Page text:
Multi-Contextual Representation and Learning with Applications in Materials Knowledge DiscoveryPublic Deposited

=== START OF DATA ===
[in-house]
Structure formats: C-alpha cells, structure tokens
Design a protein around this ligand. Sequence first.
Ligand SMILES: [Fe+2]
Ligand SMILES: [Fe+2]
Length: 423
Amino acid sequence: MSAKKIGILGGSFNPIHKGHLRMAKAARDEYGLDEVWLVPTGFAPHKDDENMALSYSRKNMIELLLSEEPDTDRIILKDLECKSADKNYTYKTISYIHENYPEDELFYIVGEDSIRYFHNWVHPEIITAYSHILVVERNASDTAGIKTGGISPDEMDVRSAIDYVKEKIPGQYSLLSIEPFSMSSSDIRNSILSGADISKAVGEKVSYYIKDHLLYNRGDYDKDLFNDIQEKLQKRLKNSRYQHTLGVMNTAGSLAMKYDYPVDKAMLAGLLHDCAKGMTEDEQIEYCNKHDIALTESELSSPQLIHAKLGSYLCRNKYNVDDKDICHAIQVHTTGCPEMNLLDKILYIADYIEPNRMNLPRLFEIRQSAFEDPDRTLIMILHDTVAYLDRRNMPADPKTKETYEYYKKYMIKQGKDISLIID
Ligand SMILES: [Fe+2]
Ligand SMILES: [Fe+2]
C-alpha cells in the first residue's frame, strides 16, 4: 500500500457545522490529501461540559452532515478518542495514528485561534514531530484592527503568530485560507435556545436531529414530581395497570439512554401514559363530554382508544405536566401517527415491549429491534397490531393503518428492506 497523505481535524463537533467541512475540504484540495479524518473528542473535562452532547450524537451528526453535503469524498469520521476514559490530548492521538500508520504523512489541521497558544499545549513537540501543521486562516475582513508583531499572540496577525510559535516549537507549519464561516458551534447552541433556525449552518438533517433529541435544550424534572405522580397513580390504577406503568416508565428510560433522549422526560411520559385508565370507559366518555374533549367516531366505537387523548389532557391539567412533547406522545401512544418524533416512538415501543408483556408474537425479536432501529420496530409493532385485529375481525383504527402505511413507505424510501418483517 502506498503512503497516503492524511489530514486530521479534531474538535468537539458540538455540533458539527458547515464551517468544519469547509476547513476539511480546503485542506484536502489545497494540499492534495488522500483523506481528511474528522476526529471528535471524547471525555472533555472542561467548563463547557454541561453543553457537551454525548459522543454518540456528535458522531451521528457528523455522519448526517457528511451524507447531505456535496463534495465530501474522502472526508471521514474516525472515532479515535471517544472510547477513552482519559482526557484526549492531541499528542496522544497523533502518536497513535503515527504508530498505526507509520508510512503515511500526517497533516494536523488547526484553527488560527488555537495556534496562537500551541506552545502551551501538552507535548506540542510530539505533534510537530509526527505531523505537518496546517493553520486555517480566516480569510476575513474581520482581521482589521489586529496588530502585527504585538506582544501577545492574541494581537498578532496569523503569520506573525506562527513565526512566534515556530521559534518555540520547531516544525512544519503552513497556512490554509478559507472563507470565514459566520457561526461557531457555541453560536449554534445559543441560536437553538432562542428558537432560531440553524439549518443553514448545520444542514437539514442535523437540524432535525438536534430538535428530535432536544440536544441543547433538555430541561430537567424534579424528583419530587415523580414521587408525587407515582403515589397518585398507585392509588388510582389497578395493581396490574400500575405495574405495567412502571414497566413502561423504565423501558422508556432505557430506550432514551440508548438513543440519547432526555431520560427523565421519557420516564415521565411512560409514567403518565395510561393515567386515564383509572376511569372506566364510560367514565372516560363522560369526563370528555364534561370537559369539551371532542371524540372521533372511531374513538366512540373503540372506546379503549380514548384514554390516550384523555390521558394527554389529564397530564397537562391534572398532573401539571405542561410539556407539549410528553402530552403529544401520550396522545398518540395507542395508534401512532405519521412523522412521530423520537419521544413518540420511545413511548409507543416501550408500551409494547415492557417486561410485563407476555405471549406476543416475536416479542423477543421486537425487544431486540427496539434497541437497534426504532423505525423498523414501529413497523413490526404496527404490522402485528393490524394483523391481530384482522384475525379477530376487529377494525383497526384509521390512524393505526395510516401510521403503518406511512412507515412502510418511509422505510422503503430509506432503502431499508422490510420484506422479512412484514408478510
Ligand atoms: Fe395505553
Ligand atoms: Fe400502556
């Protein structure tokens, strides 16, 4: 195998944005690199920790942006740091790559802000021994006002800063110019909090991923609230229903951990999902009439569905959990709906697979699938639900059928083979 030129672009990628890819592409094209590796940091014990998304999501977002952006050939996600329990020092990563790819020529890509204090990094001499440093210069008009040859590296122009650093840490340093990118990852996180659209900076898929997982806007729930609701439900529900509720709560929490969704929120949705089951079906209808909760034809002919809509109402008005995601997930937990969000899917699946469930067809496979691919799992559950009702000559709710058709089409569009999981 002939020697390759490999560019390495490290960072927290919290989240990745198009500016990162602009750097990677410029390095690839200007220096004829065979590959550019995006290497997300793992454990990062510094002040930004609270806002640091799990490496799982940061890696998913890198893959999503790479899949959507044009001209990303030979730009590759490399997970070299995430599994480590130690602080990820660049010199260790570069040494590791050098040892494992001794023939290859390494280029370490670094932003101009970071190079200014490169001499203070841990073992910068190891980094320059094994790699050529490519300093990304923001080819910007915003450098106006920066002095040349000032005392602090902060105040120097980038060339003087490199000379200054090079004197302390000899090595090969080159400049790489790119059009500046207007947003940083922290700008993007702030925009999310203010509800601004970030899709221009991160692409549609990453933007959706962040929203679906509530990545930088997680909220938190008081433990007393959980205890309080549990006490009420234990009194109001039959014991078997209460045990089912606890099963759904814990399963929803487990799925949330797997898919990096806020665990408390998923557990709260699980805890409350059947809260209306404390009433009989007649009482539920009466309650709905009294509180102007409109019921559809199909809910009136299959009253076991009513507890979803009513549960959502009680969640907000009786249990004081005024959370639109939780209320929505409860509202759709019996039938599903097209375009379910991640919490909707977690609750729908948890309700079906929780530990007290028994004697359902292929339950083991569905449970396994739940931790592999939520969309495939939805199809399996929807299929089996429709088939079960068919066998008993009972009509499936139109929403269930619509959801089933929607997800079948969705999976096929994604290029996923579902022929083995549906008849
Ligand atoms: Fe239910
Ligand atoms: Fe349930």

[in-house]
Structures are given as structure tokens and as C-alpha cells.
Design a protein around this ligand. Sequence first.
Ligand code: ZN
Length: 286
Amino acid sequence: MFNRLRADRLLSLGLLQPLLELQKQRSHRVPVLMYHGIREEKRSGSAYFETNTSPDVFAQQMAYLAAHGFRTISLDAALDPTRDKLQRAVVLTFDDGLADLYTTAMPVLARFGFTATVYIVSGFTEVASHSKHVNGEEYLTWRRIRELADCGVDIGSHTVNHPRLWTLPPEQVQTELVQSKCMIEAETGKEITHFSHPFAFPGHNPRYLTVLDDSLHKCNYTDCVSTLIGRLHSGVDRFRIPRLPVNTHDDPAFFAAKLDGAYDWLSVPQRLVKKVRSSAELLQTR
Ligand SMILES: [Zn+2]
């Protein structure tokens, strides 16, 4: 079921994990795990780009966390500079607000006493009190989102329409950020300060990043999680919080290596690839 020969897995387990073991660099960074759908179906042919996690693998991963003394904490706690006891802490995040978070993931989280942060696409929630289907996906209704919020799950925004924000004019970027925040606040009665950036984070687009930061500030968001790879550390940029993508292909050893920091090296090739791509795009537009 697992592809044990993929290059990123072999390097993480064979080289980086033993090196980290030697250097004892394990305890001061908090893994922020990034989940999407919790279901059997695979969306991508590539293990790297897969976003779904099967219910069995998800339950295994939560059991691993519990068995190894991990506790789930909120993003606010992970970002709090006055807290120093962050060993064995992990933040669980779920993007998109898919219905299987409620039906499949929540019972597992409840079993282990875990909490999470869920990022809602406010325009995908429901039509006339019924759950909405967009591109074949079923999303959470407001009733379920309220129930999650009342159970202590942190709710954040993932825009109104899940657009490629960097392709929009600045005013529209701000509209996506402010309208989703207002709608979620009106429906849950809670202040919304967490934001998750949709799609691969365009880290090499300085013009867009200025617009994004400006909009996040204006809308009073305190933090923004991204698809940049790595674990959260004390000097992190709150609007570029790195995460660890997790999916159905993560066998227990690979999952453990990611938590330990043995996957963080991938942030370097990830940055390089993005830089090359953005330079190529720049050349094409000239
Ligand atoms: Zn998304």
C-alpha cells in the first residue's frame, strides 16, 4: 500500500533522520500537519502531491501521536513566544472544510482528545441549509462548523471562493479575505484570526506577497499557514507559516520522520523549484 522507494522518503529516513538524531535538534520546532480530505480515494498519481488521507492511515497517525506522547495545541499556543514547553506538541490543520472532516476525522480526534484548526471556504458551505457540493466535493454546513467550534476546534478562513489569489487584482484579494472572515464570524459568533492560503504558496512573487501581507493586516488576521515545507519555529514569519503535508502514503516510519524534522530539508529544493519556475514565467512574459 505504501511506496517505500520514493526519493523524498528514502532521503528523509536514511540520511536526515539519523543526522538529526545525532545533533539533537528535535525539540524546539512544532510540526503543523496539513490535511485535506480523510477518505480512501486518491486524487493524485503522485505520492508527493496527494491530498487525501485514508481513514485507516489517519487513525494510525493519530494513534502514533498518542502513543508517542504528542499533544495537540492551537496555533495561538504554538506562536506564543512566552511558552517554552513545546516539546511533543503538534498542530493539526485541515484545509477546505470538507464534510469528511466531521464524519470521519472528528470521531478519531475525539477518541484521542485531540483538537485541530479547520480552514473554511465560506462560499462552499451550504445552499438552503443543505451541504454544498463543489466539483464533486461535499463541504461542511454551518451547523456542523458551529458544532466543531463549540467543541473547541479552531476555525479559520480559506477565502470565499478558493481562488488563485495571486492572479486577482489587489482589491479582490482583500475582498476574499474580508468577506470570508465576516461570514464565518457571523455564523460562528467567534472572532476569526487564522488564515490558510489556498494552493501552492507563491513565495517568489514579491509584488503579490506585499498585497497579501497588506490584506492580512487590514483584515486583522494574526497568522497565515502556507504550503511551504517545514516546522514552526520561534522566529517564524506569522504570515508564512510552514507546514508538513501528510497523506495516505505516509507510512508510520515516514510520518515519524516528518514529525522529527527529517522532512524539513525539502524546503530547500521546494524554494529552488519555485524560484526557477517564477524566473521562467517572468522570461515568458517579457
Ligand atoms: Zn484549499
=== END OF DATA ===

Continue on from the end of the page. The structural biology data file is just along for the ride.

Data mining for materials discovery is concerned with representing materials science problems into a statistical framework, and learning models that describe observations about the processing, structure, and property of materials. The type of materials includes metals, ceramics, glass, polymers, and composites which are mixtures of multiple types. Observations come from either computational simulation or laboratory experiments. The aim is to analyze the observational datasets to find relationships, and to present them in ways that are both understandable and useful. The quality of data plays an important role in data mining practice; there can be multiple sources of signals creating multiple contexts in data. This Ph.D. thesis outlines the problem of building both the representation, and the core of learning in the process of materials design and discovery, from a rather general, agnostic point of view by use of data mining strategies. A particular emphasis is on how to detect and model complex contextual structures in data. We start with an optimization problem, as optimization is the core to any machine learning algorithm. We present a learning system that helps solve optimization problems faster, with techniques like supervised region reduction and feature ranking. Then we study the problem of finding a better representation method for designing heterogeneous microstructures. Next, we explore supervised learning to construct models that predict lower level response from higher level structure. Further explorations feature the application of deep neural networks in both representation and modeling phases of materials systems.